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Superintendent Stan Gilmour, Commander of the Reading Local Policing Area (LPA), has prepared a report on a public health approach to early intervention which has been working towards a trauma-informed policing model.

The Introduction below is an excerpt from the report.

Read the full report here.

You can also follow Superintendent Stan Gilmour on Twitter @StanGilmour


Around 80% of Prolific Offendersii receive their first sanction as a child. In their first week following release from prison men are 28 times more likely to die from drug related causes than the general population, rising to 69 times more likely for women. A single prolific offender will cost society between £1.3 – £2.3 million and having a head injury increases the risk of offending by at least 50%; 60% of adults and 30% of young people in prison have a history of head injury.

There is clearly a case for closer collaboration between system partners and work has begun to pull this together. The Policing, Health and Social Care Consensusv was published in February 2018 and is supported by a report from the Centre of Excellence for Information Sharingvi, Work continues at a national level to embed the consensus into everyday activities. The Policing Vision 2025 (p.7)vii contains a clear direction of travel to work across sectors and in stronger partnerships:

By 2025 local policing will be aligned, and where appropriate integrated, with other local public services to improve outcomes for citizens and protect the vulnerable.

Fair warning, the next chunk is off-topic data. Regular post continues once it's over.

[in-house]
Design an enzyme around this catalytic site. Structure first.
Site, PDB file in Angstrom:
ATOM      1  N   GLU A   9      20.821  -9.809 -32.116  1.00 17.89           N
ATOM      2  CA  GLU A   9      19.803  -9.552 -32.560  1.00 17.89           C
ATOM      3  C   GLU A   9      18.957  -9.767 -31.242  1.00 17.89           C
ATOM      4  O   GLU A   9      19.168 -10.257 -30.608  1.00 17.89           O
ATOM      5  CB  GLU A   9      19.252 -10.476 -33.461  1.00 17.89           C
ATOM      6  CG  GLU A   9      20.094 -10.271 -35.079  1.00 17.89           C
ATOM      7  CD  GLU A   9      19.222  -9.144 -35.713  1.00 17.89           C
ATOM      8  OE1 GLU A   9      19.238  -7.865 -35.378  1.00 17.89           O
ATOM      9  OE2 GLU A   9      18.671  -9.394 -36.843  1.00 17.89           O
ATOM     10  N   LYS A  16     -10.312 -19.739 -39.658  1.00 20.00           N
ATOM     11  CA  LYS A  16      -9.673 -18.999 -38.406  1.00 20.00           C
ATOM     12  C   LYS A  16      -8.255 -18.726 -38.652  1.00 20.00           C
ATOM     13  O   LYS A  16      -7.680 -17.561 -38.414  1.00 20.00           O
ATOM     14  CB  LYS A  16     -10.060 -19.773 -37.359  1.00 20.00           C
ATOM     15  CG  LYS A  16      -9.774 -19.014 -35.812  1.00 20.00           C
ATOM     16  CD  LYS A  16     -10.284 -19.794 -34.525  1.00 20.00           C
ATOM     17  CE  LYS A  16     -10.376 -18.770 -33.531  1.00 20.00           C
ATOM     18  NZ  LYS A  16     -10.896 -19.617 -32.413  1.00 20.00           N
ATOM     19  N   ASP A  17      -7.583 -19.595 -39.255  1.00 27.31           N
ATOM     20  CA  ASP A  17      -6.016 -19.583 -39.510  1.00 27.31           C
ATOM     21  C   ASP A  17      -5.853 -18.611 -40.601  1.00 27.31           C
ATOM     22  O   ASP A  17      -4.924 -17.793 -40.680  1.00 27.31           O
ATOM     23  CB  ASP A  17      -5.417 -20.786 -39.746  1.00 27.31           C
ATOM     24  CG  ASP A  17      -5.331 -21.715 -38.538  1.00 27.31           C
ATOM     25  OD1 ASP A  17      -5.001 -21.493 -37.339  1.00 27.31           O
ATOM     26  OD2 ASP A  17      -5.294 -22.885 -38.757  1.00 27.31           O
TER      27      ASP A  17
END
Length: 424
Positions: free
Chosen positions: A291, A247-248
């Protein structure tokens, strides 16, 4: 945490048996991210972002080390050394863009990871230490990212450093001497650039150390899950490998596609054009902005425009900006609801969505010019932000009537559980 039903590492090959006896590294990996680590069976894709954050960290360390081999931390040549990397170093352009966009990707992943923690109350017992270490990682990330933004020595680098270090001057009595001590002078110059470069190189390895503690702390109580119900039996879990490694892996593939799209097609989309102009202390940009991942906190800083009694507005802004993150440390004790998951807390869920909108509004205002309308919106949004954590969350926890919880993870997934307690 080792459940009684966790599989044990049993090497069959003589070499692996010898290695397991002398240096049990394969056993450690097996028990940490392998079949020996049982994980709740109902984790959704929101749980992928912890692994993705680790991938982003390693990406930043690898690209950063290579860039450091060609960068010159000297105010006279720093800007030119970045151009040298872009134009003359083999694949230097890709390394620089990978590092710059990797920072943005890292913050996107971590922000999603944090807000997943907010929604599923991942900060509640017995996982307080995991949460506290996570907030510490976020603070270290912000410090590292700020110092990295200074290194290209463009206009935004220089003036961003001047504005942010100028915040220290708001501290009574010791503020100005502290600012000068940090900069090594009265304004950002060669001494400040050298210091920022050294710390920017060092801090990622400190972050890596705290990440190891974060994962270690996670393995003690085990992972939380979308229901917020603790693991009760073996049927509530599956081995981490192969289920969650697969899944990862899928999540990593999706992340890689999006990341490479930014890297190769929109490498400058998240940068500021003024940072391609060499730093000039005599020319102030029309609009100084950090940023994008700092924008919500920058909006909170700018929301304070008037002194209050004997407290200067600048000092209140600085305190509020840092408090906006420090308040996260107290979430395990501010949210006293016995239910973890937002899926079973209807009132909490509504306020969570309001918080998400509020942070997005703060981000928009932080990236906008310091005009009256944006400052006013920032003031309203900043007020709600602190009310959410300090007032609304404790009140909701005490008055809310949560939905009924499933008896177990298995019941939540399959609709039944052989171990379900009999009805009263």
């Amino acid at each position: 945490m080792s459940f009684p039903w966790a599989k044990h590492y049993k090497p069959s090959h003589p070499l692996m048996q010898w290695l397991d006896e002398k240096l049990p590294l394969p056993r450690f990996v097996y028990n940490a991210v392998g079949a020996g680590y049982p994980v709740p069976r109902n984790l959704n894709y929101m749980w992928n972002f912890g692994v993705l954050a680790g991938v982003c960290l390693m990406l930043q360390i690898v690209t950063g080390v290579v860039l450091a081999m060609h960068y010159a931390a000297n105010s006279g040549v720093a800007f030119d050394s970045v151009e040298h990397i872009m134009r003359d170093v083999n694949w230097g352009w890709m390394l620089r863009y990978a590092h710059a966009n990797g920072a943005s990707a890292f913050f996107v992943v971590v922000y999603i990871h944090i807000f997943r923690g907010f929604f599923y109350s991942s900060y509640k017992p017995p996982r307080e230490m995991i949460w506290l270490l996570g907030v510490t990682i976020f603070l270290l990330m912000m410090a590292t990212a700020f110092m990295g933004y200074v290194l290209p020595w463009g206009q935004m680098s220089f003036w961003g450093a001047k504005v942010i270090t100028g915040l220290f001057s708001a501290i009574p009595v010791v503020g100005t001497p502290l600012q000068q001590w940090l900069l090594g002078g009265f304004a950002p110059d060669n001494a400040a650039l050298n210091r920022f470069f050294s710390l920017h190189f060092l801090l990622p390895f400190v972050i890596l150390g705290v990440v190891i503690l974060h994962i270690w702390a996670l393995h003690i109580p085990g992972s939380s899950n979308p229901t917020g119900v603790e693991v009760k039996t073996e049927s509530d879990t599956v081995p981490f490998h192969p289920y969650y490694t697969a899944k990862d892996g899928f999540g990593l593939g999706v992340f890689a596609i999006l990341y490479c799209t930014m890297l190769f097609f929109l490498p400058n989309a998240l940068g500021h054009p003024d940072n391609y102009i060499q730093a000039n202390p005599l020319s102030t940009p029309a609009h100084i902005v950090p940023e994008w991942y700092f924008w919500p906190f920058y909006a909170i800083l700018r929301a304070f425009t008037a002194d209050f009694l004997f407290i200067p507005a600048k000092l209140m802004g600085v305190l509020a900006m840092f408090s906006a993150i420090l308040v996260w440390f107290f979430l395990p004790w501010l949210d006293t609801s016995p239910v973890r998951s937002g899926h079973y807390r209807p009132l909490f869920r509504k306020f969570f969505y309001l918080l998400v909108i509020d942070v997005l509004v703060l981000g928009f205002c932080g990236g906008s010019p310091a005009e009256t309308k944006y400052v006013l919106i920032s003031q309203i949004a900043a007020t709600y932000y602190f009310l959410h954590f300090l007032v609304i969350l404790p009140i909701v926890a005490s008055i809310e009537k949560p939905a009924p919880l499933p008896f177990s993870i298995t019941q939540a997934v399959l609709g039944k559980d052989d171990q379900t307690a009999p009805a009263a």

We will do this by:

• Ensuring policing is increasingly focused on proactive preventative activity as opposed to reacting to crime once it has occurred.

• Working with our partners to help resolve the issues of individuals who cause recurring problems and crime in the communities they live in; reducing the requirements that these people place on the public sector and policing specifically.

• Working with partners to foster a culture shift around the delivery of public protection, away from a single organisation mentality towards budgeting and service provision based on a whole-system approach, pooling funds where appropriate to achieve common aims for the benefit of the public.

• Adopting a place-based approach with more multi-agency teams or hubs to tackle community issues requiring early intervention across a range of agencies and organisations. Moving beyond single-service based practice to “whole place” 2 approach to commissioning preventative services in response to assessments of threat, harm, risk and vulnerability. [emphasis added].

Read the full report here.

About the author:

LPA Commander – Reading

Superintendent Stan Gilmour took over as the Reading Area Commander in August 2015. Stan’s previous role as a Detective Superintendent was a post that he thoroughly enjoyed, and it saw him getting involved in a wide range of policing activities.

He's delighted to move to Reading and take on the policing challenges that a large and diverse town gives, as well as embracing the opportunities it brings.

Stan joined Thames Valley Police in July 1993 and spent the first ten years of his service in Reading. He qualified as a Detective and rose through the ranks in a variety of roles working across Thames Valley and nationally.